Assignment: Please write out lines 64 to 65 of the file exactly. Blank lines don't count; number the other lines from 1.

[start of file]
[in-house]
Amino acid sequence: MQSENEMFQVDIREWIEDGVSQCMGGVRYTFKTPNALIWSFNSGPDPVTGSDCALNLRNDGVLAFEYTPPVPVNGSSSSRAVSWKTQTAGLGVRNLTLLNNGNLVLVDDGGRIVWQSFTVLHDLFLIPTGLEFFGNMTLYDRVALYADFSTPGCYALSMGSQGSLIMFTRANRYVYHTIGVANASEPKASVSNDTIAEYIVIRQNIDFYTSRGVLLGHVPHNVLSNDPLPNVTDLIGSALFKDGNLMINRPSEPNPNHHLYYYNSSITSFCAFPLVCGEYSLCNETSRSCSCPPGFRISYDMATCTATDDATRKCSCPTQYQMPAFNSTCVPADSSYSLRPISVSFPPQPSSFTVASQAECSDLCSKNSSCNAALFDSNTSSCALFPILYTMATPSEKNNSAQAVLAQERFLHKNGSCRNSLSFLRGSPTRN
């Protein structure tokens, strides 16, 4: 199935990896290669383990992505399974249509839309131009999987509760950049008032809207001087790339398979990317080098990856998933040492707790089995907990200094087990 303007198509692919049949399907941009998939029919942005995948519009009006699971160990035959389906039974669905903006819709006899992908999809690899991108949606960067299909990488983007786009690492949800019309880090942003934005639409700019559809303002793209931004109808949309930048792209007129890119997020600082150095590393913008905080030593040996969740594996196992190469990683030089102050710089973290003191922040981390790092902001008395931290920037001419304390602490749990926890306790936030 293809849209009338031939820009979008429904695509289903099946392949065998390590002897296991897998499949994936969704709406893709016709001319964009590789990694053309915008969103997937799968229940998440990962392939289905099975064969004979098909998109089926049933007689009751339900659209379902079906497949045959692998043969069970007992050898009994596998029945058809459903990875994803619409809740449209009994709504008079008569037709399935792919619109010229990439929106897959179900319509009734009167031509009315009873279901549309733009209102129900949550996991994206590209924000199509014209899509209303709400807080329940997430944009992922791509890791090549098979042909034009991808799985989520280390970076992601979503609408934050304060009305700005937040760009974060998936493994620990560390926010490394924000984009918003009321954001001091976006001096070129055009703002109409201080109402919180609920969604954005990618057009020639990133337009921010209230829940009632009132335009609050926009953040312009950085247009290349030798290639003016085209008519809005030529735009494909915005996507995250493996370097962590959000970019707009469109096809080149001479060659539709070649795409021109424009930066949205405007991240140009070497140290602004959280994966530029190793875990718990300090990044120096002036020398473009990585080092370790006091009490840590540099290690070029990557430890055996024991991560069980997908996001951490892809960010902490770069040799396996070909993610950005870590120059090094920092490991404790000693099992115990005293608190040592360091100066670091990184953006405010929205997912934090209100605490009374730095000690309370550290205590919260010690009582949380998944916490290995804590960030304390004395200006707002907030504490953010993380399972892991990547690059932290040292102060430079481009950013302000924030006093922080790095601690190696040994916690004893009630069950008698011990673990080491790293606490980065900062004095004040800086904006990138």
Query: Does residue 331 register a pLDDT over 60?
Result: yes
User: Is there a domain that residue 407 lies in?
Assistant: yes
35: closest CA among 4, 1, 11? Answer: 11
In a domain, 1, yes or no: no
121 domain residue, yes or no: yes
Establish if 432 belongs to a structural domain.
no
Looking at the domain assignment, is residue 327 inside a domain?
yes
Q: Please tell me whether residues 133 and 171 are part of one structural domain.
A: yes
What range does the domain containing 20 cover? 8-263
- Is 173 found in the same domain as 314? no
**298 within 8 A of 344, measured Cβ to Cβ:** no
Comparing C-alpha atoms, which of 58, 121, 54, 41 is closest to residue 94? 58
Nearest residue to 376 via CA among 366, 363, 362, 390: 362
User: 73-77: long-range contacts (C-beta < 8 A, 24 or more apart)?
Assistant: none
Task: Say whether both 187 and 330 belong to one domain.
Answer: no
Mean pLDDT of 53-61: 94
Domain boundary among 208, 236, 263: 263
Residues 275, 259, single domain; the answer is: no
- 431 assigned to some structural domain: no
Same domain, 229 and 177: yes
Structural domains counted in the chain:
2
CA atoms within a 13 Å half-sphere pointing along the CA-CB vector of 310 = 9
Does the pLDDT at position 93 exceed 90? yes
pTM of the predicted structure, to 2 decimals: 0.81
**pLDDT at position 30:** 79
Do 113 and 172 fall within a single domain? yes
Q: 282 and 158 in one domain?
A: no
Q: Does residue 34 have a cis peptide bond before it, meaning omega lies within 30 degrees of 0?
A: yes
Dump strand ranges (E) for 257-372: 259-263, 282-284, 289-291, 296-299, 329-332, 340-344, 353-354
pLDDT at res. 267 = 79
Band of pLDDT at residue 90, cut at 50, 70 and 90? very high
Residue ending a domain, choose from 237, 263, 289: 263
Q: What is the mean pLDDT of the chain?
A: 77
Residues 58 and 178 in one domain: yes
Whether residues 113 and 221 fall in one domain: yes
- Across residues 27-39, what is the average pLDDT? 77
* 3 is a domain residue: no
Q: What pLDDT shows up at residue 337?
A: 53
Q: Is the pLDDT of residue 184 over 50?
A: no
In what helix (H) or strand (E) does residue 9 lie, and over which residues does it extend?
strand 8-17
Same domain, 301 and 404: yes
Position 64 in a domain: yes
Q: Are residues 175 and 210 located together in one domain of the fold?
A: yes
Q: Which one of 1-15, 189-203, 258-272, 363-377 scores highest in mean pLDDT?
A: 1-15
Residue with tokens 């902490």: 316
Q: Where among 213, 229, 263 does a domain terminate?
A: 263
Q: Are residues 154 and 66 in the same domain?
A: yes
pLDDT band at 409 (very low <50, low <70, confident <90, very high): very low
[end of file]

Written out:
Residue with tokens 């902490």: 316
Q: Where among 213, 229, 263 does a domain terminate?